On November 9, Gregory Glenn, head of research and development at Novavax, was alerted to a news alarm on his family farm: the vaccination of Pfizer and BioNTech was more than 90% effective in preventing Covid-19.
It was incredible news for the world and Glenn congratulated the old friends on the Pfizer-BioNTech team. But he also knew it was complicated news for Novavax.
“I wasn’t surprised that it worked, but to achieve 90, 95% efficiency? That’s very good, “Glenn said Endpoints News. “True, this puts a little more pressure on me in other areas. “
Novavax, a tiny, 33-year-old biotechnology that was caught insolvent before the coronavirus exploded, became one of the most unlikely winners of the epidemic. $ 2.2 billion in new capital, including $ 1.6 billion in the Warp Speed operation, own III. They prepared for their phase experiments and laid the groundwork for producing 2 billion doses a year.
The company’s protein-based technology was older and less showy than the mRNA Pfizer and Moderna, and had previously failed in a notoriously severe disease. But protein-based vaccines are known to have immunity, and data from Novavax Phase I over the summer showed that their vaccine produced more neutralizing antibodies than its rivals.
This suggested that mRNA would be the first, but Novavax might be the best. Shares peaked at $ 178, up nearly 4,000% from the $ 3.44 on January 3rd.
“Before that result, everyone thought Novavax should have the best data,” Glenn said. “And mRNAs can be intermediate, and vectors can lag a little behind that.”
However, the Pfizer-BioNTech and Moderna results all eliminated all but this possibility before Novavax could even launch a pivotal experiment. It is difficult to improve at 95%.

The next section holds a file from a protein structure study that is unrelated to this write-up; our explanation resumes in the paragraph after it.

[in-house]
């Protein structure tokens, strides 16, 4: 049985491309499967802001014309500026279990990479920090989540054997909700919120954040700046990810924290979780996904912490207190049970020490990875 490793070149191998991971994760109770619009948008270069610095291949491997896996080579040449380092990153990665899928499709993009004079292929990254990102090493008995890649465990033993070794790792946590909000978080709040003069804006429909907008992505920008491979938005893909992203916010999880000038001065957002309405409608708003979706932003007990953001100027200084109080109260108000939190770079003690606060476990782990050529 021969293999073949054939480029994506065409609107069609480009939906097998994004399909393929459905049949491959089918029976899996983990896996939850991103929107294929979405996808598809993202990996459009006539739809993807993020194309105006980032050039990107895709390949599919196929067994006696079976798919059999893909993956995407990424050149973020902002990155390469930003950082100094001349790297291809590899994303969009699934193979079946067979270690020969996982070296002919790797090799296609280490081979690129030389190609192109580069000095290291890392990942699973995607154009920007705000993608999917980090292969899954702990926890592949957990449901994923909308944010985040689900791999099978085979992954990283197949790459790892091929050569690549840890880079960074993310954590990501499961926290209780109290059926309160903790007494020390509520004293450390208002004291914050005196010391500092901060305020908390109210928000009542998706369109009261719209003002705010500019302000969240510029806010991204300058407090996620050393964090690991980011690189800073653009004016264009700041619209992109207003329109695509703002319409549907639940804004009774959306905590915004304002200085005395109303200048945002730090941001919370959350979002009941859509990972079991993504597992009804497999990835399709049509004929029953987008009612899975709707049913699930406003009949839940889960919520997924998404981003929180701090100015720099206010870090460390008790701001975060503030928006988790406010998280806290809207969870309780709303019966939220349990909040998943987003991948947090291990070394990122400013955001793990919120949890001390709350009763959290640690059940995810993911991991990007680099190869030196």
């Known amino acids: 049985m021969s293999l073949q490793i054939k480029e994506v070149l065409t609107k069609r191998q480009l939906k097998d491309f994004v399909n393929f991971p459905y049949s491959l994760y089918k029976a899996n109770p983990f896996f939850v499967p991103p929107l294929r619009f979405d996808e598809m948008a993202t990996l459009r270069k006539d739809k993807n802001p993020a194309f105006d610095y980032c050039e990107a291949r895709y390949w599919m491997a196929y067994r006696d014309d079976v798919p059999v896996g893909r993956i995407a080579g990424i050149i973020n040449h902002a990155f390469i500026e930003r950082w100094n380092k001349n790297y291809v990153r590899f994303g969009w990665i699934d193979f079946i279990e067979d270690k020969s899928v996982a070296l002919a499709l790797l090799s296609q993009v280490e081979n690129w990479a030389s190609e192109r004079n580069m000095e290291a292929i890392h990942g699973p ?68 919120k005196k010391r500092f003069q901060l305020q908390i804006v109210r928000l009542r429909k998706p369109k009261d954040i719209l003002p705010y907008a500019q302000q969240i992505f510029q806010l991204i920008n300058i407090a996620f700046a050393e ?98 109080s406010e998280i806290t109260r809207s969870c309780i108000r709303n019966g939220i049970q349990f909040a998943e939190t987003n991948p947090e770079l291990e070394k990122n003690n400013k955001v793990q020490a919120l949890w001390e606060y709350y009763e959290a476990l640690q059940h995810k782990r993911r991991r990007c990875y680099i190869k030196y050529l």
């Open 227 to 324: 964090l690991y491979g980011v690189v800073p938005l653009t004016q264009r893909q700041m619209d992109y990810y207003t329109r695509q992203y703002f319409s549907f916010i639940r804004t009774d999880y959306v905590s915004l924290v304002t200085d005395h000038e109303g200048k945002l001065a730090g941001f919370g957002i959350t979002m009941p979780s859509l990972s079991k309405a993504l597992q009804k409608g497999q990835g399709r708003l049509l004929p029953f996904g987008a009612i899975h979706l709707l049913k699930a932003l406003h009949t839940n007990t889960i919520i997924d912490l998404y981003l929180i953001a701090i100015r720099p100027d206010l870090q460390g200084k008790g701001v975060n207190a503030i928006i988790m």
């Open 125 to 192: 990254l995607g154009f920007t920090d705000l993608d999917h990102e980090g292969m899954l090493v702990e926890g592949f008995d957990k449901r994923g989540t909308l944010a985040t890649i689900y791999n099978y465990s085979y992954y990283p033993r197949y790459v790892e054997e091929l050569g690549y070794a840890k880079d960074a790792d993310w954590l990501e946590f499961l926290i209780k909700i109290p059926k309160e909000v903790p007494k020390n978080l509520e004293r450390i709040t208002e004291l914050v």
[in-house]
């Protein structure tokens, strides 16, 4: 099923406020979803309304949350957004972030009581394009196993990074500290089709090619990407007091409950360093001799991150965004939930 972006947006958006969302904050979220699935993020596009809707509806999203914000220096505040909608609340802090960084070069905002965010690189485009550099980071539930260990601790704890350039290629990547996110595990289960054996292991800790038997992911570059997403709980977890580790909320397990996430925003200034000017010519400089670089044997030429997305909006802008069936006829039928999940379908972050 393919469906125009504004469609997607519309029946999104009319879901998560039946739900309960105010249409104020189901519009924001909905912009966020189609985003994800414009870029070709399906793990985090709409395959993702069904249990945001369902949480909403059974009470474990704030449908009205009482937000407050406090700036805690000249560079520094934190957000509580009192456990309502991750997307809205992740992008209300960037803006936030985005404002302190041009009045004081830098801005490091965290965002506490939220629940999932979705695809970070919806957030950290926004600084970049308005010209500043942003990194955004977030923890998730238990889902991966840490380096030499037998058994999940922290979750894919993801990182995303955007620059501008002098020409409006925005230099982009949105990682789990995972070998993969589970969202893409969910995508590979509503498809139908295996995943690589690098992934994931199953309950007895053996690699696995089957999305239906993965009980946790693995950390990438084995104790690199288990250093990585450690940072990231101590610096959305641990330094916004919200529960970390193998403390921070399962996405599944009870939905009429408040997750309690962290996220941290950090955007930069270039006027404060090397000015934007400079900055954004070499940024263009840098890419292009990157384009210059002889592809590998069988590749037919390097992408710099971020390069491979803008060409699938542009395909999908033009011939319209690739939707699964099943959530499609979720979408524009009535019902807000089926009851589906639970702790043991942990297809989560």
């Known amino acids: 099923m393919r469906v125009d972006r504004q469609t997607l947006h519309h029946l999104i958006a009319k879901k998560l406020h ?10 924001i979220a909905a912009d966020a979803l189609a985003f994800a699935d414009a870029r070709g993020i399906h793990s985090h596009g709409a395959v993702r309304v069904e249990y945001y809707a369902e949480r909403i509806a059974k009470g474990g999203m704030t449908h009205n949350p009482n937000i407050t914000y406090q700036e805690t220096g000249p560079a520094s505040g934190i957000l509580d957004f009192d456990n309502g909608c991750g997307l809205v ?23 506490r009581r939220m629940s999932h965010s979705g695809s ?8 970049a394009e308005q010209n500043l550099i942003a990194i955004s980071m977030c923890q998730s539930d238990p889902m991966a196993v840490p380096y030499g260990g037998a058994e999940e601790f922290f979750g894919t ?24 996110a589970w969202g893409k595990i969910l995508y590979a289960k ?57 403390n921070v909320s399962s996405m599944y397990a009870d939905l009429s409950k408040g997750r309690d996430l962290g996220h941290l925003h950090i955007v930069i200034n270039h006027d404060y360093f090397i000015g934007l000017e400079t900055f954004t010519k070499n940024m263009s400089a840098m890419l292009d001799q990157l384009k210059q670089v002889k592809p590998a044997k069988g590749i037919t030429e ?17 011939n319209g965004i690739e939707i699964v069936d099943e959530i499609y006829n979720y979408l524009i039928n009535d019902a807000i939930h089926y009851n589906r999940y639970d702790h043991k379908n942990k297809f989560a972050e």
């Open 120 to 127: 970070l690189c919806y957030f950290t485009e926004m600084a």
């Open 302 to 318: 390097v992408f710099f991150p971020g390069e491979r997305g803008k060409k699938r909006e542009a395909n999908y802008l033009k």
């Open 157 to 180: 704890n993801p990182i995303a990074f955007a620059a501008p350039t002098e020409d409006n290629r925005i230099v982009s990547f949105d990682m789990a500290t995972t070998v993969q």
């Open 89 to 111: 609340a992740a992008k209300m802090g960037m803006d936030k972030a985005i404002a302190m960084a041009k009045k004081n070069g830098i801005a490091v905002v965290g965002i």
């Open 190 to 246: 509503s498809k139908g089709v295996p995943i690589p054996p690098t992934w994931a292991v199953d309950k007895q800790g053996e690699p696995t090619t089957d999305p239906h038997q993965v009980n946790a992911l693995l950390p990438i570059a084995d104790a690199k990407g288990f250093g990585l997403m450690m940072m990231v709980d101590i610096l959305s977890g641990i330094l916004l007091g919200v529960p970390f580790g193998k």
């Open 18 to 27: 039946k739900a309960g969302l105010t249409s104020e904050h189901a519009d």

Because all major vaccine developers target the same coronavirus S protein, Pfizer-BioNTech News has given Glenn more confidence in a candidate than it did three decades ago in vaccine design and development. Yet it dramatically changed Novavax’s position in the race. Instead of being the best vaccine, they need to be content, at least in the short term, with being one of the more good people trying to supply the world, but also address all but the inevitable delays that come from a little biotechnology experiment overnight be great.
Glenn, a self-described “grumpy vaccine doctor” who founded his first biotechnology more than two decades ago and has been leading the company’s research and development since 2010, is responsible for redirecting the candidate.
“I thought whatever it was, their vaccination could be just as good or even better – of course if you’re at 95%, it’s going to be hard to beat,” Bryce Chackerian, a vaccinologist at the University of New Mexico, told Endpoints. Nevertheless, “every effective vaccine has a place on the market because it will take some time before it will be enough”.
Novavax suffered another setback on Monday when it was announced that III. The launch of a phase-in U.S. trial is delayed for the second time, potentially postponing until 2021. The Gaithersburg, MD-based company has struggled in the late stages in the past, raising hopes among investors and public health hopes around the RSV candidate, which ultimately failed at a 2016 hearing.
The delay also raised questions about exactly how Novavax could run a III. Phase test. Was it ethical to conduct a placebo-controlled study when two vaccines appear to be very effective? If so, would people register? Sloan Kettering Memorial Peter Bach argued that at this stage, the comparator arm should be a Pfizer or Moderna vaccine.